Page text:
Service members eat here in the chow hall, the largest open space in the ship. There's even a soft-serve ice cream machine on the right.

On the opposite wall hangs the literal "Sledgehammer of Freedom." The crew began calling the Warner that after the commander used the moniker in a speech before their first deployment.

This one is for the crew, while officers have their own: "the Sledgehammer of Democracy."

The officers, on the other hand, eat in the officer's chow hall and are served by kitchen staff through the door in the back right. The commander sits in the star chair in front of the "Sledgehammer of Democracy."

Here's a close-up.

This is mission control, the most classified area of the ship. As such, all the monitors were turned off, and we cropped, blurred, and darkened anything sensitive.

Sonar, fire control, and navigation computers are all in mission control. Eichenlaub goes into detail about mission control in this short video.

http://www.youtube.com/watch?v=iusj80nv0XU

The sonar system onboard is designed with a Large Aperture Bow Array that uses life of the hull hydrophones to detect sound waves produced by other ships and even sea life.

The Warner, interestingly, does not have a periscope and instead uses photonic masts built into the outside tower that provides a view above water that feeds into any monitor on the ship.

Eichenlaub then told us more about fire control, where torpedoes and cruise missiles are launched.

http://www.youtube.com/watch?v=obupSDTN9_E

And this computer is where flares and countermeasures are launched.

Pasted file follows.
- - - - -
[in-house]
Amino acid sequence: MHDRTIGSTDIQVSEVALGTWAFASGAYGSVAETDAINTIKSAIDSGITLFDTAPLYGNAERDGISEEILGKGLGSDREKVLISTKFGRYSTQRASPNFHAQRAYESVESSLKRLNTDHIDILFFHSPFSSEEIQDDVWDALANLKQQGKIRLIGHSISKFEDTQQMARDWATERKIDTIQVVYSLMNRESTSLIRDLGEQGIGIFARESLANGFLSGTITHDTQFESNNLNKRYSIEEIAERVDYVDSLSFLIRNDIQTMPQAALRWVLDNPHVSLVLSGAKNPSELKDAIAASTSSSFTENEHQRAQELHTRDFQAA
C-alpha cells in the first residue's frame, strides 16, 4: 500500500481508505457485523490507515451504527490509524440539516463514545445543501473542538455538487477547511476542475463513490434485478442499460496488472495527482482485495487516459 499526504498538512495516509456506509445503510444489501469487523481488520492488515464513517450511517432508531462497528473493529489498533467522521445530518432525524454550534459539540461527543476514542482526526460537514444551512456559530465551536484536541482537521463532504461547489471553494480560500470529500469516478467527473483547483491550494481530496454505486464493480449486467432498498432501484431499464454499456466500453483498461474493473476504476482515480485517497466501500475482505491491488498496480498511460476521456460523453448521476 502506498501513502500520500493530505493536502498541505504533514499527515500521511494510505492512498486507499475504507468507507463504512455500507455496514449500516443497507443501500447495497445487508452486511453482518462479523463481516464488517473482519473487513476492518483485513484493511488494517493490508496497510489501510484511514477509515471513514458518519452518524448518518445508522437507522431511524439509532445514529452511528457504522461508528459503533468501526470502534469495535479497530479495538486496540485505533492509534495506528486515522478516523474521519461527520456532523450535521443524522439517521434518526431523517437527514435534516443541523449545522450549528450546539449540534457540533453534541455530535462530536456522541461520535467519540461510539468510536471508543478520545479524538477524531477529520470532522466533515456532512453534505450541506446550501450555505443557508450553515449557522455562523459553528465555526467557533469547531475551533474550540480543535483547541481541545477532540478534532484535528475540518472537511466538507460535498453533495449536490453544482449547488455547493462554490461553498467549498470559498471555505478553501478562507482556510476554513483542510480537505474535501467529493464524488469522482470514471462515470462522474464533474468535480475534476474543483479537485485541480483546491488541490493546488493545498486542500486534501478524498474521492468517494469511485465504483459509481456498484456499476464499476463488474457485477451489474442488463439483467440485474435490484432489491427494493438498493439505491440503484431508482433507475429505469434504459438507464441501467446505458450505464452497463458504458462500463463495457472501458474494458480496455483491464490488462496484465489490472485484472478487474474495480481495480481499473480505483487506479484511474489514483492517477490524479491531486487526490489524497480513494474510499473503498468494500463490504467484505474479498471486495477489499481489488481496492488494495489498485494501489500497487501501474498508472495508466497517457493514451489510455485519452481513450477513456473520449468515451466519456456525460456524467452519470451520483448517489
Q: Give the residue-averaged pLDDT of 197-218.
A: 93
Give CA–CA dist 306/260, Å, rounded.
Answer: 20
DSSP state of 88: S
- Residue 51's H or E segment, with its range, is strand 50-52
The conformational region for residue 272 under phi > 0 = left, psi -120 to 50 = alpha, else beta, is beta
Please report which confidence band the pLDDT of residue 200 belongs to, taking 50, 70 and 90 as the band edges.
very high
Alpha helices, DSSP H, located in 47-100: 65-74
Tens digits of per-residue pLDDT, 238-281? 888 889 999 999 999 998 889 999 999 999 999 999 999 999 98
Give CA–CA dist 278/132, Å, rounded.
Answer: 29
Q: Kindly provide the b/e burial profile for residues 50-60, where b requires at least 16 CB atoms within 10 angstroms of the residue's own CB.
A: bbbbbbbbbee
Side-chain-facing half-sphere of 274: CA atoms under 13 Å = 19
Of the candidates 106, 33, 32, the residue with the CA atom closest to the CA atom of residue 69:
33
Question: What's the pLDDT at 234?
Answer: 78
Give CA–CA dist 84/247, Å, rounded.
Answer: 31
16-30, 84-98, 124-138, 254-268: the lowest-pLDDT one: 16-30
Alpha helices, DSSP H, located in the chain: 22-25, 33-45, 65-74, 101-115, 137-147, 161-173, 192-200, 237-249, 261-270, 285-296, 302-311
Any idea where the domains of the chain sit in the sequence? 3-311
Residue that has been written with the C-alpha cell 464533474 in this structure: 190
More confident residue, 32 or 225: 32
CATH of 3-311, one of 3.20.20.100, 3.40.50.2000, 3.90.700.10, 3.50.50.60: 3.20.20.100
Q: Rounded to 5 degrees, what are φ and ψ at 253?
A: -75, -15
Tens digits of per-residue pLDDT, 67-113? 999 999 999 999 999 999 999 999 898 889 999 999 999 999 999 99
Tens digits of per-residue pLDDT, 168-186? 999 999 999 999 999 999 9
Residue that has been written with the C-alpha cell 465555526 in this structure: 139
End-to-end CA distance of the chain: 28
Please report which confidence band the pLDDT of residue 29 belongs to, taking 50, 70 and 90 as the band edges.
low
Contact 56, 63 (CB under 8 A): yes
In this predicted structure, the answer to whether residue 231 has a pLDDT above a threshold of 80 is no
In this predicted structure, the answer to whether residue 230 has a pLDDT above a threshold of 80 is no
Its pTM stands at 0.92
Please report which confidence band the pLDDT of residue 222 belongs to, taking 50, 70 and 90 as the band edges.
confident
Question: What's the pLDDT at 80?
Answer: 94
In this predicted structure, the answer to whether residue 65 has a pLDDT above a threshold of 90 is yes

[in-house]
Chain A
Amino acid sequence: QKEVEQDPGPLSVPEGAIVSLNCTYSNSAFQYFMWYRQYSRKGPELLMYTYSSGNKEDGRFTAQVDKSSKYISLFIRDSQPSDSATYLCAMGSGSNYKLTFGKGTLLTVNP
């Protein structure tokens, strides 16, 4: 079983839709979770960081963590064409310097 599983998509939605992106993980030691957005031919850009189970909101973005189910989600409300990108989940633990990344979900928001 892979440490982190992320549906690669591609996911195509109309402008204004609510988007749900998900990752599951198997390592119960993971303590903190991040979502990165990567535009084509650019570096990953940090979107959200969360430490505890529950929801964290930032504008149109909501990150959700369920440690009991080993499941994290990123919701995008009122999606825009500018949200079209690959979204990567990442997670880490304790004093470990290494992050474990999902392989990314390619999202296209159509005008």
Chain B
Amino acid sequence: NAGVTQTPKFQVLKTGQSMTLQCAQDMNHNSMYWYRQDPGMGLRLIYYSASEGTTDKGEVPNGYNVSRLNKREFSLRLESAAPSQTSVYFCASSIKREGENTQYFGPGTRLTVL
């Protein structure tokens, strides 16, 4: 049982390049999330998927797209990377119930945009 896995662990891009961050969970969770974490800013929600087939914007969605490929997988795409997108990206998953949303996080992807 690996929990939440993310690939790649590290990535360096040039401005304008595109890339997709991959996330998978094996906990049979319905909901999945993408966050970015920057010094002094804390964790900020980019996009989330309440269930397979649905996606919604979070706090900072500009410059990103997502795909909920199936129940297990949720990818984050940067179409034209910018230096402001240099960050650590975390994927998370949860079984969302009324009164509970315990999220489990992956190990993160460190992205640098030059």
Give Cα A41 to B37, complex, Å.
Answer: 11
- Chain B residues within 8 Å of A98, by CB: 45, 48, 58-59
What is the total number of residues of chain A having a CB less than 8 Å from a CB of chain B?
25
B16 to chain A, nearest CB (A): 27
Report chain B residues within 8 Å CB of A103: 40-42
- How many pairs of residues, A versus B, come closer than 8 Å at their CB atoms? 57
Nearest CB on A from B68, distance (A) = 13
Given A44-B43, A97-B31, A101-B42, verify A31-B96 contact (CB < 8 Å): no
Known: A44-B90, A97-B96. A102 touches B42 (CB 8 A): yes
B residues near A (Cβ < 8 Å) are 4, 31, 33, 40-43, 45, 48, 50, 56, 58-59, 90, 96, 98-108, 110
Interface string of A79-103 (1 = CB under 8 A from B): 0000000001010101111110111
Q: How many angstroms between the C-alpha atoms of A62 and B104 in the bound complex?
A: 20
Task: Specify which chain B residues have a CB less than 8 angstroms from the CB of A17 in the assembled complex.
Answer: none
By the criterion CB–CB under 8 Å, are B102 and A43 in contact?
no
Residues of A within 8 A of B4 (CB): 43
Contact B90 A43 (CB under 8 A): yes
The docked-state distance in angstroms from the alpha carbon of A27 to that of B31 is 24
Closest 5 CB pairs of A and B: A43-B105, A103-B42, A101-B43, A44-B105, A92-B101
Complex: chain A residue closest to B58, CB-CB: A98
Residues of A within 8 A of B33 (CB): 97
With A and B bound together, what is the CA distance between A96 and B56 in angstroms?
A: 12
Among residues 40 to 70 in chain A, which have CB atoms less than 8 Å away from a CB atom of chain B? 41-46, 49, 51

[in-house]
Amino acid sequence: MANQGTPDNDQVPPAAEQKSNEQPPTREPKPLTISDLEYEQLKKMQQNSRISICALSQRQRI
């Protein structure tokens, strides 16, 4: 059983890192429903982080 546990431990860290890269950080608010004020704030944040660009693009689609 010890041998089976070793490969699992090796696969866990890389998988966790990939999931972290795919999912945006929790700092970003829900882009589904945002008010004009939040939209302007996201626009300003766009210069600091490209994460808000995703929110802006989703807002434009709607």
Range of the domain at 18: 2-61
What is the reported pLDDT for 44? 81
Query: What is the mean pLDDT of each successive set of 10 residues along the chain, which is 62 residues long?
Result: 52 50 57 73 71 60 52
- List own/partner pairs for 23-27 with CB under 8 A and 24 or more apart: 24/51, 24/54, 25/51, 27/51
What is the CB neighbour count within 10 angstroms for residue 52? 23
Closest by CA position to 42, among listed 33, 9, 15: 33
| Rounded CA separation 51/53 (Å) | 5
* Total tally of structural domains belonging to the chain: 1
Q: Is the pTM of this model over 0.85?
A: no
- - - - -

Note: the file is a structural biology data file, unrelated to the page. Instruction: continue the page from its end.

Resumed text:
This nine-second video shows the two voyage-management systems, which plan and navigate the ship.

http://www.youtube.com/watch?v=y1-pTHYPZww

As we exited mission control, Eichenlaub showed us what the crew calls the Fishbowl.

Sailors assigned to the ship are not considered submariners until they receive their warfare qualifications saying they are proficient in every system aboard. Until then, their personal seals are put in this case for motivation.

Every US submarine has a "fishbowl."

The bunks for sailors, or berthing areas, are spread out all over the ship.

And they're a little snug.

Eichenlaub showed us the XO's sleeping quarters.

http://www.youtube.com/watch?v=EHfp_7nOl5c

Now let's enter the torpedo room. Behold!

http://www.youtube.com/watch?v=oi9U5KgVUsY

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Eichenlaub said sailors often named the torpedoes, like the one below, after their significant others.

Here's one of the four torpedo launchers in the torpedo room. How quickly they can reload and shoot, however, is classified.

The submariners and sailors who work in the torpedo room also sleep next to the torpedoes.

We were allowed to see only the backup diesel engine on the lower level, as the nuclear reactor is highly classified.

The S9G pressurised water nuclear reactor propels the ship to 25 mph and beyond.

Near the diesel engine is the O2 generator, which provides oxygen to the ship through a ventilation system.

This marked the end of our tour. It was a very cool sensory-overload experience for which we thank the US Navy.